Piatti-Farnell, Lorna: "‘For God’s sake, cover yourself’. Sexual violence, disrupted histories, and the gendered politics of patriotism in Watchmen." In: Journal of Graphic Novels and Comics 8.3 (2017), S. 238–251.
Added by: joachim (2017-07-09 13:09) Last edited by: joachim (2017-07-09 13:40)
|Resource type: Journal Article
BibTeX citation key: PiattiFarnell2017a
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Keywords: "Watchmen", Gender, Gibbons. Dave, Moore. Alan, United Kingdom, USA, Violence
Collection: Journal of Graphic Novels and Comics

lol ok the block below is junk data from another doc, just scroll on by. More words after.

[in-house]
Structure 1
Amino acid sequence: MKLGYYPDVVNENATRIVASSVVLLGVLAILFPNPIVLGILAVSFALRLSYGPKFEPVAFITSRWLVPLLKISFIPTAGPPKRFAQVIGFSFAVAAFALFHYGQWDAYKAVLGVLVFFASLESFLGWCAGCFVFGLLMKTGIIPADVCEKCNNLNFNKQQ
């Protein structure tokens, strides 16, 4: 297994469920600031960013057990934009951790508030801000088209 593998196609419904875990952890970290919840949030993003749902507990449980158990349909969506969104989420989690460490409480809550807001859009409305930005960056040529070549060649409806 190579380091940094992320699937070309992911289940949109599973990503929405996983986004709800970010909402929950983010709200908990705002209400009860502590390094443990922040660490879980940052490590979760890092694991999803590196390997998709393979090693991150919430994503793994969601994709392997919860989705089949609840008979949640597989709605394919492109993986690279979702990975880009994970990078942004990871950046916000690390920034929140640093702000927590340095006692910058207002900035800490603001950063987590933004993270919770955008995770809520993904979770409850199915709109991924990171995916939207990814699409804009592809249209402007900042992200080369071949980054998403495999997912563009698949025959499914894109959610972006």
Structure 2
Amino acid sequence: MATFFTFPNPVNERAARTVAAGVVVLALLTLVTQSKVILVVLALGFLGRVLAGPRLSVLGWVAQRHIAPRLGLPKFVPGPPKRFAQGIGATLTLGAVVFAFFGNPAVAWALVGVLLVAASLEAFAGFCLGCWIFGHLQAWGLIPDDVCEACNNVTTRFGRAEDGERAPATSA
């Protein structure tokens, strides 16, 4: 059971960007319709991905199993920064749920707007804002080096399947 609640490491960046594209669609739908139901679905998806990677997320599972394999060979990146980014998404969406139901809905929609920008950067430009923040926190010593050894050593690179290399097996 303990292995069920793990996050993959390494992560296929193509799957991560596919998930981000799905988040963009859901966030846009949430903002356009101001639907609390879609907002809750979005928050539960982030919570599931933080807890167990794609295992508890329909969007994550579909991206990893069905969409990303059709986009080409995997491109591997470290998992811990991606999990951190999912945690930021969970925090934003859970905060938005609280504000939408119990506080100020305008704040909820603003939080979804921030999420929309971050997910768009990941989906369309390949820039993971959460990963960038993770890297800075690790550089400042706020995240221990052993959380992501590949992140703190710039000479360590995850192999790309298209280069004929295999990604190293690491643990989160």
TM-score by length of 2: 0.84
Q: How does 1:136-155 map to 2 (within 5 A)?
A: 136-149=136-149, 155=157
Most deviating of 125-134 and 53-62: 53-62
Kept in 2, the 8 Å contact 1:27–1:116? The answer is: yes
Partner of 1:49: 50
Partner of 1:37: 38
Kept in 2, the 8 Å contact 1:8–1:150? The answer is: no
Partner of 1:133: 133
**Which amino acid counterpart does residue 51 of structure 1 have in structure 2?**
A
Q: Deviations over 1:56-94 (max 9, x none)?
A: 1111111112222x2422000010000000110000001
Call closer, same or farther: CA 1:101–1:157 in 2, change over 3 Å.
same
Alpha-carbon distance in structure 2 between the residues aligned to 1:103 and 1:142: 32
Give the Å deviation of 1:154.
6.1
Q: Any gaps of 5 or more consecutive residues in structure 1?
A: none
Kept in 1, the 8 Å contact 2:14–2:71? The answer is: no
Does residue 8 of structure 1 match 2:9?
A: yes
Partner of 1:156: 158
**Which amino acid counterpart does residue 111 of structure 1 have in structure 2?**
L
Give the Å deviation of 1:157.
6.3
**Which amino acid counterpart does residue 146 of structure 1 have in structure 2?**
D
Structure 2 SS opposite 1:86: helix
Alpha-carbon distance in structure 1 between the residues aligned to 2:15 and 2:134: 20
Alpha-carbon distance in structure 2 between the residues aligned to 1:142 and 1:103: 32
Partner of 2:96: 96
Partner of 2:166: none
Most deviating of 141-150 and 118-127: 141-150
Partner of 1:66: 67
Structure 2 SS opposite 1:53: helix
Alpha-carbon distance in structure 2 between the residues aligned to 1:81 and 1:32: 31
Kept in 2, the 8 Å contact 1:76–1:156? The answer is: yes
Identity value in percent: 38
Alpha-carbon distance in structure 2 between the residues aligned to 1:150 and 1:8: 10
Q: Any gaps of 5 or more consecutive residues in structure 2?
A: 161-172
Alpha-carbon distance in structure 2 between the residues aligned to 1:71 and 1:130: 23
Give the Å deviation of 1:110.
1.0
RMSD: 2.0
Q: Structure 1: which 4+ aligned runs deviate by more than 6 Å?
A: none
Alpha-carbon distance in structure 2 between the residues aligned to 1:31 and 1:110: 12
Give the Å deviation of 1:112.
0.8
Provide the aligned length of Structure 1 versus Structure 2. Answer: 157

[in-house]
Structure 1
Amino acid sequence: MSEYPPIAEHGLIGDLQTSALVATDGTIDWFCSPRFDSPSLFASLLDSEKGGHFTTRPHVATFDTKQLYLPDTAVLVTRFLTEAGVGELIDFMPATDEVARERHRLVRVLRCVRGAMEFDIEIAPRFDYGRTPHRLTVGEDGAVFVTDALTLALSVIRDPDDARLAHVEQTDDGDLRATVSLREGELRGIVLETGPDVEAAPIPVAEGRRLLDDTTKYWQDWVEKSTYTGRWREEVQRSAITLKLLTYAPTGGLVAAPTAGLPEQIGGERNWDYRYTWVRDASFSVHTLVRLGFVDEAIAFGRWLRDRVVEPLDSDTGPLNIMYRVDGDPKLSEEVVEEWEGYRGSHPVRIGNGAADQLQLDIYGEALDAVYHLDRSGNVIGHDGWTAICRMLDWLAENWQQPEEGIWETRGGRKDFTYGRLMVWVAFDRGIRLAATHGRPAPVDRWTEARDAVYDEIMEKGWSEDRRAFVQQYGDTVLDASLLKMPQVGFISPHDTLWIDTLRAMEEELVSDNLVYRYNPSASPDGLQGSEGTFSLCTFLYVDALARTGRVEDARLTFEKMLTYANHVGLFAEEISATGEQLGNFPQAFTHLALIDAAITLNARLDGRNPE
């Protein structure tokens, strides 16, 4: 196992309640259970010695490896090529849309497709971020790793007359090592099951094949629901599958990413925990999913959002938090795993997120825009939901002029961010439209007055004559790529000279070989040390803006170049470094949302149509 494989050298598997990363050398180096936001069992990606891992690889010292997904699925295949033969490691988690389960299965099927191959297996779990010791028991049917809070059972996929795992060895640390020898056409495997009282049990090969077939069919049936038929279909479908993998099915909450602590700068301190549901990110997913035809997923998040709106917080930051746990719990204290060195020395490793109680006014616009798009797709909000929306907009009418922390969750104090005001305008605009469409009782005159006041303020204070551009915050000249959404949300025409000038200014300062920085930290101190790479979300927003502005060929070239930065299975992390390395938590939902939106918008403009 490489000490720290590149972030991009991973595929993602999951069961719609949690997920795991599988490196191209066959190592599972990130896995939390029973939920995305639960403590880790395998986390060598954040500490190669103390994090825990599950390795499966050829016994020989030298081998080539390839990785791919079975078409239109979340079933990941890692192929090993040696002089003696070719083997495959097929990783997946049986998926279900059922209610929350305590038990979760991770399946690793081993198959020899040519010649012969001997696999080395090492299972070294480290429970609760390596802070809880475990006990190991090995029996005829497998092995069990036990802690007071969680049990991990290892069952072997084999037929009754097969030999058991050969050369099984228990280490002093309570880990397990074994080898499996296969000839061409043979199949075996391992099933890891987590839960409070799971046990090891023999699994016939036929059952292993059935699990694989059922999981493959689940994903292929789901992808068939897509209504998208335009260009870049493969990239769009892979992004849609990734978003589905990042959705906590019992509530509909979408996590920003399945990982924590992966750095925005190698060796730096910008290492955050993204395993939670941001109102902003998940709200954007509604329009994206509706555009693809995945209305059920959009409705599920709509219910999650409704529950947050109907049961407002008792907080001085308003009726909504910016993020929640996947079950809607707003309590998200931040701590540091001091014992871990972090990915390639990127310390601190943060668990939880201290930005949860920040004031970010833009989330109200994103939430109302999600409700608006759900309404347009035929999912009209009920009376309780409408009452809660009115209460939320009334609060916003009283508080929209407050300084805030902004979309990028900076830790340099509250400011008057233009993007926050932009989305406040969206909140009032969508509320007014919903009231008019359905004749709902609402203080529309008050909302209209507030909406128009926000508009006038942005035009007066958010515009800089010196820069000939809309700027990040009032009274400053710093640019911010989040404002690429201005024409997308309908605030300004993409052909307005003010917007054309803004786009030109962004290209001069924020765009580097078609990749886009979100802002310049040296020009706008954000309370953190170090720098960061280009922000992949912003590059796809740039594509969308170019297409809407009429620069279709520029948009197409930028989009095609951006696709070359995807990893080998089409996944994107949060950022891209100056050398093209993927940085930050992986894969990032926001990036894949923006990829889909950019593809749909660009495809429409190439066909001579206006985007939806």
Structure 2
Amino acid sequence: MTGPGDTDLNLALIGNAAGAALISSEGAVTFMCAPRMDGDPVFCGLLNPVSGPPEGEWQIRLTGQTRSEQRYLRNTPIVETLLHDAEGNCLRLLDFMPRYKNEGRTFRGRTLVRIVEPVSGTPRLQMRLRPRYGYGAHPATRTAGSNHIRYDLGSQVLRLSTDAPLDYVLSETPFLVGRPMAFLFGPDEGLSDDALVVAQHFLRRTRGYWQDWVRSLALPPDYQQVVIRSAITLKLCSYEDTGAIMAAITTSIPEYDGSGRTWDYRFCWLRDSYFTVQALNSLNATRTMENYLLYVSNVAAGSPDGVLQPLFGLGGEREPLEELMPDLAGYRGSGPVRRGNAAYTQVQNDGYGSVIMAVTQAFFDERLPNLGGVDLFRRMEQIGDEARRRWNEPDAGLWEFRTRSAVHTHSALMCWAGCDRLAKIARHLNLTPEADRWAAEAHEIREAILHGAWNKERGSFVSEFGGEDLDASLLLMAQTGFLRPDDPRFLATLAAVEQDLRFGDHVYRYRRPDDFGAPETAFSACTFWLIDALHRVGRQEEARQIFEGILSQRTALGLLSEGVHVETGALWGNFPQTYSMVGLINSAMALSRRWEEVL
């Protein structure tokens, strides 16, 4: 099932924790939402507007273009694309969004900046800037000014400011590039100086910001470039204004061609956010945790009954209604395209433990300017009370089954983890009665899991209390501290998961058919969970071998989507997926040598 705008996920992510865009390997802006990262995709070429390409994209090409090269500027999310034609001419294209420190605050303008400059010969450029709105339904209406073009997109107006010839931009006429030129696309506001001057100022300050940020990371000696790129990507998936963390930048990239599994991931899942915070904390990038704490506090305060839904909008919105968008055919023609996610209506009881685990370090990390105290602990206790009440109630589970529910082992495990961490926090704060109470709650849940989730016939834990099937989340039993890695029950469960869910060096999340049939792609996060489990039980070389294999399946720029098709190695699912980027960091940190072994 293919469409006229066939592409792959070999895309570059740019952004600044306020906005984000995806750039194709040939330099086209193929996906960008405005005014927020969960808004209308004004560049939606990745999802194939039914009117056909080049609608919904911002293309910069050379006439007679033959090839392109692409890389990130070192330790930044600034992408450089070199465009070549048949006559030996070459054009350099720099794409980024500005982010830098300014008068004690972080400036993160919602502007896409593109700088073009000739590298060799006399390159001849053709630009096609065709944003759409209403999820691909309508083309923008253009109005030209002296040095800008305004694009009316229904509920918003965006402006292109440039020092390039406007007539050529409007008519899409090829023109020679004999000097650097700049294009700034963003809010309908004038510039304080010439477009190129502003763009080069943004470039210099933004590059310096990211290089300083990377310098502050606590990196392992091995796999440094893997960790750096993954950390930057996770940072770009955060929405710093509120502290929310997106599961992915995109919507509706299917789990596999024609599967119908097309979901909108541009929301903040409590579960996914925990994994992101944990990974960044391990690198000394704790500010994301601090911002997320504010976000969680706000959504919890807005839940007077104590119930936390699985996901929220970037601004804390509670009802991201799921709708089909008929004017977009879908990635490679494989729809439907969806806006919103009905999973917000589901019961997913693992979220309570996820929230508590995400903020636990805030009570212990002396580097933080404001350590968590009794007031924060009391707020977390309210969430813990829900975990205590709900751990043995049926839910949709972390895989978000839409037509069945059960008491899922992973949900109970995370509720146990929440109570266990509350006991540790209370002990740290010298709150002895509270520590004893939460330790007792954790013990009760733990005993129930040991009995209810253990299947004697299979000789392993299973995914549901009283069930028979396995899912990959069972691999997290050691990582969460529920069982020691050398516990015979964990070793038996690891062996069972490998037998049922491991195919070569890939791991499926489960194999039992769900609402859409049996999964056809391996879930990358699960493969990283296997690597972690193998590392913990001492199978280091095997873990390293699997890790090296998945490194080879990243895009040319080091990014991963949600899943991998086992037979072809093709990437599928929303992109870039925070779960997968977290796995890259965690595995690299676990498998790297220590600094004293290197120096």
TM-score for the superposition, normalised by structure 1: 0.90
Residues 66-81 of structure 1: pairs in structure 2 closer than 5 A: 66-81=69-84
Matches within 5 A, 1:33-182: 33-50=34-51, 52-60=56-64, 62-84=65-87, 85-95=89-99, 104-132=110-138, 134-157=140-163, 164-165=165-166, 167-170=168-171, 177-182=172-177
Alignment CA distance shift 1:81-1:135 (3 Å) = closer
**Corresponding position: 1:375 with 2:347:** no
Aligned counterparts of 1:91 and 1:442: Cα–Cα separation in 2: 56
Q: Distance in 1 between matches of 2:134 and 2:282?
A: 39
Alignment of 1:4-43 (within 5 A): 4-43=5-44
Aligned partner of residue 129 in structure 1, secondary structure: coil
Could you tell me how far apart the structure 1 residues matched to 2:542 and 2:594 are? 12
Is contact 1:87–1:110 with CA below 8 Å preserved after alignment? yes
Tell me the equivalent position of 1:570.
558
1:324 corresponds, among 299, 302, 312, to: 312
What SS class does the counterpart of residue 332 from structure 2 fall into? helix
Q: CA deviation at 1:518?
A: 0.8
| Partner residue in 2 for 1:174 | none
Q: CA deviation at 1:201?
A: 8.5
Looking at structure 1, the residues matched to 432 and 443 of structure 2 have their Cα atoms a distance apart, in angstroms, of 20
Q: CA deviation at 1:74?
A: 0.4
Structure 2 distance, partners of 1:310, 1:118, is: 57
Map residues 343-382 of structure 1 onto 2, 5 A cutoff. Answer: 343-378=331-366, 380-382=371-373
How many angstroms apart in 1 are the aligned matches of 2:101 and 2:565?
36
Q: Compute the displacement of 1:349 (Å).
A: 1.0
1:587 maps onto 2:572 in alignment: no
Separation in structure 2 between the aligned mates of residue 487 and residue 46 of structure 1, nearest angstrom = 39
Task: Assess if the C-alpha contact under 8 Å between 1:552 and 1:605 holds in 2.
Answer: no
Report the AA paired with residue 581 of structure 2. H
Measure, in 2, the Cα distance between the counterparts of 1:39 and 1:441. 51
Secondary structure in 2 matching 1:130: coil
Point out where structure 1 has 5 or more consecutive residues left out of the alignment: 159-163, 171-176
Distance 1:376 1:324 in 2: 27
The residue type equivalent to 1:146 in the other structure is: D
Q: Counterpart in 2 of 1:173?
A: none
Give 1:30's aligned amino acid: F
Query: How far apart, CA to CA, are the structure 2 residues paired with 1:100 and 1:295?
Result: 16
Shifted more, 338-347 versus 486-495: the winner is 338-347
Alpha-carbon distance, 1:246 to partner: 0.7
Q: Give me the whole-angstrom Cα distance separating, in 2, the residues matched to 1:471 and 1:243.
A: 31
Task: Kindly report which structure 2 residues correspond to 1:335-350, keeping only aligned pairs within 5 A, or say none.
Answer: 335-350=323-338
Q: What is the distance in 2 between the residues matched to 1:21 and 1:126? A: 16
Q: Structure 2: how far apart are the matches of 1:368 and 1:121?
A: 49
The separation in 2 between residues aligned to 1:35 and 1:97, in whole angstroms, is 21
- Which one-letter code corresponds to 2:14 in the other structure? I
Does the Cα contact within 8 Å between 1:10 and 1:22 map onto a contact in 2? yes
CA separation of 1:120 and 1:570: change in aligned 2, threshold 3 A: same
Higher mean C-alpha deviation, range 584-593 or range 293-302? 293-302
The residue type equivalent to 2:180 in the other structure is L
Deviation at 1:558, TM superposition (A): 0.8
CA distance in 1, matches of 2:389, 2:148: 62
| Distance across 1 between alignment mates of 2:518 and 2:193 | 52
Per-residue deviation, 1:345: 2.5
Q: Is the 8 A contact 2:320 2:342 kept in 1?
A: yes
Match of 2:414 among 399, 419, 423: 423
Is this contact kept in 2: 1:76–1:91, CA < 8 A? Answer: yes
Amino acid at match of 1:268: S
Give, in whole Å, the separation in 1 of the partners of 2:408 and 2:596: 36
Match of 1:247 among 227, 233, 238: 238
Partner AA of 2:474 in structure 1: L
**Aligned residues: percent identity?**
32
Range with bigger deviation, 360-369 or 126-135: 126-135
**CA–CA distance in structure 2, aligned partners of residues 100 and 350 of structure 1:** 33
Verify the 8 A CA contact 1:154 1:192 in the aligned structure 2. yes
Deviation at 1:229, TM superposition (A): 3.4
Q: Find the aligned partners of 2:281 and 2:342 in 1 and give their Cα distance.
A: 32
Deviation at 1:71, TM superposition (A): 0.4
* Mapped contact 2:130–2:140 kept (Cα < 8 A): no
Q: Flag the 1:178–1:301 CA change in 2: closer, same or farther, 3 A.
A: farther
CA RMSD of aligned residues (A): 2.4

This paper examines the representation of sexual violence in Alan Moore and Dave Gibbons’ Watchmen. The comic book was published between 1986 and 1987 by DC Comics – and later collected into one volume in 1987 – and is set in an alternative reality, conceptually converging with points in history spanning from the 1930s to the 1980s. Watchmen hinges, on a number of levels, on the (alleged) rape of Silk Spectre by the Comedian in the early 1940s, an event shown as a flashback within the narrative. Although forming a short part of the comic book, and taking up a minimal number of frames, the episode of sexual violence is proposed in Watchmen as the conceptual fulcrum on which much of the narrative pivots, as well as the conceptual dynamics between the vigilante characters and their identification with the ‘United States’ as an entity. In my analysis, I connect sexual violence to notions of disrupted memory, collective historical narrative, (un)patriotism, and the ‘nation’ as a gendered entity. Ultimately, this paper uncovers how Watchmen exposes the well-known dichotomous metaphor of ‘women/nation’ as conflicted and warped. The politics of nationalism and patriotism are conflated with the aesthetics of gender representation, and the violated body as a contested social, cultural, and historical space.
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